As for authority, I would imagine that at Meetings and such, members of this elect (the Dogs) start to be consensually seen as "different" - perhaps "shaded", to emphasize the moral grey area they are commissioned to tread. Perhaps there can be a ritual, such as: there is a store of guns held in common, but unused, but if any member at the meeting is moved to do so, she may move the gun to the feet of this implicitly selected person, and this person is now "shaded", and may deal with this fact as she will.

How's that?
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Brennan Taylor
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« Reply #3 on: August 26, 2004, 10:52:03 AM »

Very interesting take, Dev. Obviously you've had some experience with Quakers before (your language uses the right jargon).

I would say that a morally pacificistic stand, like that taken by Quakers, would preclude the use of violence by an "outsider" on the groups behalf. By condoning this use of violence, you are a moral participant, even if you are not an actual one.

On the other hand, I really liked your view of the internal process that chooses such an individual, with someone within the meeting (perhaps even the Dog himself) being moved to take up the gun and place it at someone's feet.

Perhaps the wuxia idea works, too. Rather than a fighting technique, it could be a self-defense technique, where one only prevents harm to oneself and others, while the attacker then fatigues himself until he must submit.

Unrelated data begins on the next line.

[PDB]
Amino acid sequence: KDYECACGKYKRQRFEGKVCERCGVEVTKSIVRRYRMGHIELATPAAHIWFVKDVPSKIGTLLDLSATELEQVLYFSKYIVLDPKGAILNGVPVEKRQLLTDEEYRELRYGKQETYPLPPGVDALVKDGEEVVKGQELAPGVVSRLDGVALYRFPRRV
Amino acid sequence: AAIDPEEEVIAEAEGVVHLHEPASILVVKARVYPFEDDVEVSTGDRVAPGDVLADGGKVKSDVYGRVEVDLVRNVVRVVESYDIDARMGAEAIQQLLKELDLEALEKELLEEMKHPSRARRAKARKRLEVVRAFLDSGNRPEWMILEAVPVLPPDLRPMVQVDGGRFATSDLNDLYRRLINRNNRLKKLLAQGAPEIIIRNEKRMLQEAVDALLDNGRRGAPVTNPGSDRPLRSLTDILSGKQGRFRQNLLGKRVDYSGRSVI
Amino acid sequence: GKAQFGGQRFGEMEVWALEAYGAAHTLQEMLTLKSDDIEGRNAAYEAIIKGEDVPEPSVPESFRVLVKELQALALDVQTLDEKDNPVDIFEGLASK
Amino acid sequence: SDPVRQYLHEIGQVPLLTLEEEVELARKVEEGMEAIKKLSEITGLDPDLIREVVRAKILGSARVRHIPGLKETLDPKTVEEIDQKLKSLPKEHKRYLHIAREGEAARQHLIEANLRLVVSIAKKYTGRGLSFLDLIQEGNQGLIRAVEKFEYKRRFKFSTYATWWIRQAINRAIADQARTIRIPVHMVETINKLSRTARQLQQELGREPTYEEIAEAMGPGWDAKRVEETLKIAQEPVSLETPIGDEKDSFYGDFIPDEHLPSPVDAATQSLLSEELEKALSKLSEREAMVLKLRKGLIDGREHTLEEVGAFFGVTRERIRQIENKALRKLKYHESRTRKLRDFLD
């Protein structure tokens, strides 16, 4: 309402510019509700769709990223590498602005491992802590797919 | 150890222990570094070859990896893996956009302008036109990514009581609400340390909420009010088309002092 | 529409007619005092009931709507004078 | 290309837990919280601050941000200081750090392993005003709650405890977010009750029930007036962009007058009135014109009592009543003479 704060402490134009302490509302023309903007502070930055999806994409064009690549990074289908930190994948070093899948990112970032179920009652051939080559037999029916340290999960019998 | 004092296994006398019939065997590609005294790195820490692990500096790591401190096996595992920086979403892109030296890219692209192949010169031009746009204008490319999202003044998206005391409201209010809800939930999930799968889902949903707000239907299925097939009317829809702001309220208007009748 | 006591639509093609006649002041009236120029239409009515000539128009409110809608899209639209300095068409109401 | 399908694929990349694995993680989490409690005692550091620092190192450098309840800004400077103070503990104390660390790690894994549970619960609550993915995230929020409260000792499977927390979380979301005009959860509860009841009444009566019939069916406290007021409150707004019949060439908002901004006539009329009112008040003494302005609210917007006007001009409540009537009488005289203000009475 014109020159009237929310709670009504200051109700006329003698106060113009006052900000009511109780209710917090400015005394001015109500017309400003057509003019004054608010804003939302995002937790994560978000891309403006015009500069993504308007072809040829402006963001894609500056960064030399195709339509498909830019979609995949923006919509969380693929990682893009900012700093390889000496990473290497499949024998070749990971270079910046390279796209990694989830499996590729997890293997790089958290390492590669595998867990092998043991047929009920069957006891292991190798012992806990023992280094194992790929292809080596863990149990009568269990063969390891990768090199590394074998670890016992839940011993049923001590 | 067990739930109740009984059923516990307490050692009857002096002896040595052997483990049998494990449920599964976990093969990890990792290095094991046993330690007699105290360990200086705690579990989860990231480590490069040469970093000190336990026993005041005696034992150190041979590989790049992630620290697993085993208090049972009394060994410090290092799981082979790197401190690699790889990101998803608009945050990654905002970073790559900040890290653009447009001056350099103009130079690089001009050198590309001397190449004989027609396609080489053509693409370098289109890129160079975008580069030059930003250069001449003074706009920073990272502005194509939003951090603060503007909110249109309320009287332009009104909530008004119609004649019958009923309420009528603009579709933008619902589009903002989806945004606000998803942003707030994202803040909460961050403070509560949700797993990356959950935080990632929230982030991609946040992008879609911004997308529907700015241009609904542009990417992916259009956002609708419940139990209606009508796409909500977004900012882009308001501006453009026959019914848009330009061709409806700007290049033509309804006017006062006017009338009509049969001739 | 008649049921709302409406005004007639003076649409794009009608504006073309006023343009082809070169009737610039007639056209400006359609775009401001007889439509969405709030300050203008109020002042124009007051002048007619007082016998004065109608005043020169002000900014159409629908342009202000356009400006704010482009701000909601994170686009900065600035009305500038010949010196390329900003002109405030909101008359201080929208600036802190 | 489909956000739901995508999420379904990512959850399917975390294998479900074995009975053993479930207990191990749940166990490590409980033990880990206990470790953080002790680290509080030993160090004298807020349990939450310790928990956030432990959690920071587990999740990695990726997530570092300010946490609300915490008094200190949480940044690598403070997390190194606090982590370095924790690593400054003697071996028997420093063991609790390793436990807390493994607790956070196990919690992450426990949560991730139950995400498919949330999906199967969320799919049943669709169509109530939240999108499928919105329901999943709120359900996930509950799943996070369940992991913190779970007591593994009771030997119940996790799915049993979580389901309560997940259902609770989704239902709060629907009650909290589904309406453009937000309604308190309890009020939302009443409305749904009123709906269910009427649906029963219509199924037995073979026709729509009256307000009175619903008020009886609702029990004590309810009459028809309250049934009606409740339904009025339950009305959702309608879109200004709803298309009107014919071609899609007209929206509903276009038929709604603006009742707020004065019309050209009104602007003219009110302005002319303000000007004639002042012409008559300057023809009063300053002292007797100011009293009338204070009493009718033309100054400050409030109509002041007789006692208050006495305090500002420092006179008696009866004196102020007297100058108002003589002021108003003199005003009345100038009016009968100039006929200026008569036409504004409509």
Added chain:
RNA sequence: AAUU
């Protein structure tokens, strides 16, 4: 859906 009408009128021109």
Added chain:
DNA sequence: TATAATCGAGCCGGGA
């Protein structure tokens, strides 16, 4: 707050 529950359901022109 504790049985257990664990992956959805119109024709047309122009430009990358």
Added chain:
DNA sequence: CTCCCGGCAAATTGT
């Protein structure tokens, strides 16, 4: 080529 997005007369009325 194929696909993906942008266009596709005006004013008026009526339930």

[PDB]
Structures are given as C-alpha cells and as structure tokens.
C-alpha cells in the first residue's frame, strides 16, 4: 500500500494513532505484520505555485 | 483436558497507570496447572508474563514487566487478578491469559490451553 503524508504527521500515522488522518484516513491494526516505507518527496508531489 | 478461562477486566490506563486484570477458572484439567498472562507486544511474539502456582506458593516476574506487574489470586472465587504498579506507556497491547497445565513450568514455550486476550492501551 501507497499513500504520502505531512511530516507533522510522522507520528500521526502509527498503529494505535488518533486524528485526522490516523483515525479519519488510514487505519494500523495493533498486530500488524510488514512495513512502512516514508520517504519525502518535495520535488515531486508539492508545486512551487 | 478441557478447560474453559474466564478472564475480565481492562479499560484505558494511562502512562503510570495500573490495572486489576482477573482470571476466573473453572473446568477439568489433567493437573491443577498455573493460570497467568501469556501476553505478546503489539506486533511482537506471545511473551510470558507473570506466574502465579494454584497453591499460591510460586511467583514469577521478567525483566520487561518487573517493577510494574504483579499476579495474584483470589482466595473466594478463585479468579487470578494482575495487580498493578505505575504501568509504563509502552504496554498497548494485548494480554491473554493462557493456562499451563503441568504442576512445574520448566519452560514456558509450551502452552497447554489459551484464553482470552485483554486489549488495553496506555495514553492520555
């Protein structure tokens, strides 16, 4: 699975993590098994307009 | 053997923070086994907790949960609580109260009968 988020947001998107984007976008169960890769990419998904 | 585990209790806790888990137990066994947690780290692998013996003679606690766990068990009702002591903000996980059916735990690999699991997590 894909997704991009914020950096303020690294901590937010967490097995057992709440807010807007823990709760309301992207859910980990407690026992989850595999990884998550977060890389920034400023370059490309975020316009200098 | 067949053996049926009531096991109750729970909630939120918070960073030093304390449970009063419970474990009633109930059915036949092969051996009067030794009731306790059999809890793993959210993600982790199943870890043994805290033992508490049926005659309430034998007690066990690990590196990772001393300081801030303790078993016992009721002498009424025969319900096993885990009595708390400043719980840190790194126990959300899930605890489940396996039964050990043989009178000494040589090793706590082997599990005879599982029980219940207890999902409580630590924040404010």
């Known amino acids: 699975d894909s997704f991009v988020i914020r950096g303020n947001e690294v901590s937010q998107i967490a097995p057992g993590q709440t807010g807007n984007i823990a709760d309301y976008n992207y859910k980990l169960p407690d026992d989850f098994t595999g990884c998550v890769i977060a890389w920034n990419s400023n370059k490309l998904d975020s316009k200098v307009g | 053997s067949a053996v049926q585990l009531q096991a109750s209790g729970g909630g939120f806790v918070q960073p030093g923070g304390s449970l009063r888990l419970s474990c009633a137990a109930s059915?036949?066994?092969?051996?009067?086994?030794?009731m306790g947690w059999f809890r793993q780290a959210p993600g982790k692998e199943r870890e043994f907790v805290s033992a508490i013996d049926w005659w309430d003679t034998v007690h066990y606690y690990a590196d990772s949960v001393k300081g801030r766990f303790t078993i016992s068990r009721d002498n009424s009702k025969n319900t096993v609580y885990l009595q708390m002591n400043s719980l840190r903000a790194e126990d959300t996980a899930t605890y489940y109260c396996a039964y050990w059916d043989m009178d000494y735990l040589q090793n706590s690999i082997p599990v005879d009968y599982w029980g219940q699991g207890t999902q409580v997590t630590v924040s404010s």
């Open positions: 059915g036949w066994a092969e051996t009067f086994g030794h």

In answer to your question, Ron, the Quakers really never had a historical situation like you describe. When they were persecuted in England, they took a pacifistic stand and martyred themselves. In the New World, they were notable in making peace with the Native Americans and living near them with little or no conflict. Other groups in the same area did conflict violently with Native Americans, but the Quakers were able to draw a distinction between themselves and those perpatrating violence.

You definitely have a fair point, though. If you are surrounded by people who wish to destroy you through violent means, I am not sure a strict policy of pacifism could survive.
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Judd
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« Reply #4 on: August 26, 2004, 11:04:08 AM »

Jedi.